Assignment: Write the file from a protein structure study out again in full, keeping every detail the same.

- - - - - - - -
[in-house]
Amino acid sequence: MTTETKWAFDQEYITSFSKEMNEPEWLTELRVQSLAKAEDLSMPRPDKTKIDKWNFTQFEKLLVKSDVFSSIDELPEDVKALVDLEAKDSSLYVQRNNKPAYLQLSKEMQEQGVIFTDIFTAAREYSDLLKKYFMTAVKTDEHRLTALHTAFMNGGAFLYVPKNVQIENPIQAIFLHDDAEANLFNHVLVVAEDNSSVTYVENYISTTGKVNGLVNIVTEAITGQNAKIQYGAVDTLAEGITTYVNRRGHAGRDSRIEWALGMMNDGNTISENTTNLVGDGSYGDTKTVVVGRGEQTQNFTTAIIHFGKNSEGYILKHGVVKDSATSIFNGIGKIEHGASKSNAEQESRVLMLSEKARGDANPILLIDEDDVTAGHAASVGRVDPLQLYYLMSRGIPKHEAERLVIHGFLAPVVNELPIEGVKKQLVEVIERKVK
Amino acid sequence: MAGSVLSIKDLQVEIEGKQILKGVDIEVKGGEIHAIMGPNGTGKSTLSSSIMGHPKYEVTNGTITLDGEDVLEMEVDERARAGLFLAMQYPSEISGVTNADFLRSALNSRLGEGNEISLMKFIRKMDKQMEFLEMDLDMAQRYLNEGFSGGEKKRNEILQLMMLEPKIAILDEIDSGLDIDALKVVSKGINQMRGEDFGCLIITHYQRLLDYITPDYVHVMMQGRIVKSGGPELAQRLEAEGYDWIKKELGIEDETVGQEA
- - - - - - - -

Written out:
[in-house]
Amino acid sequence: MTTETKWAFDQEYITSFSKEMNEPEWLTELRVQSLAKAEDLSMPRPDKTKIDKWNFTQFEKLLVKSDVFSSIDELPEDVKALVDLEAKDSSLYVQRNNKPAYLQLSKEMQEQGVIFTDIFTAAREYSDLLKKYFMTAVKTDEHRLTALHTAFMNGGAFLYVPKNVQIENPIQAIFLHDDAEANLFNHVLVVAEDNSSVTYVENYISTTGKVNGLVNIVTEAITGQNAKIQYGAVDTLAEGITTYVNRRGHAGRDSRIEWALGMMNDGNTISENTTNLVGDGSYGDTKTVVVGRGEQTQNFTTAIIHFGKNSEGYILKHGVVKDSATSIFNGIGKIEHGASKSNAEQESRVLMLSEKARGDANPILLIDEDDVTAGHAASVGRVDPLQLYYLMSRGIPKHEAERLVIHGFLAPVVNELPIEGVKKQLVEVIERKVK
Amino acid sequence: MAGSVLSIKDLQVEIEGKQILKGVDIEVKGGEIHAIMGPNGTGKSTLSSSIMGHPKYEVTNGTITLDGEDVLEMEVDERARAGLFLAMQYPSEISGVTNADFLRSALNSRLGEGNEISLMKFIRKMDKQMEFLEMDLDMAQRYLNEGFSGGEKKRNEILQLMMLEPKIAILDEIDSGLDIDALKVVSKGINQMRGEDFGCLIITHYQRLLDYITPDYVHVMMQGRIVKSGGPELAQRLEAEGYDWIKKELGIEDETVGQEA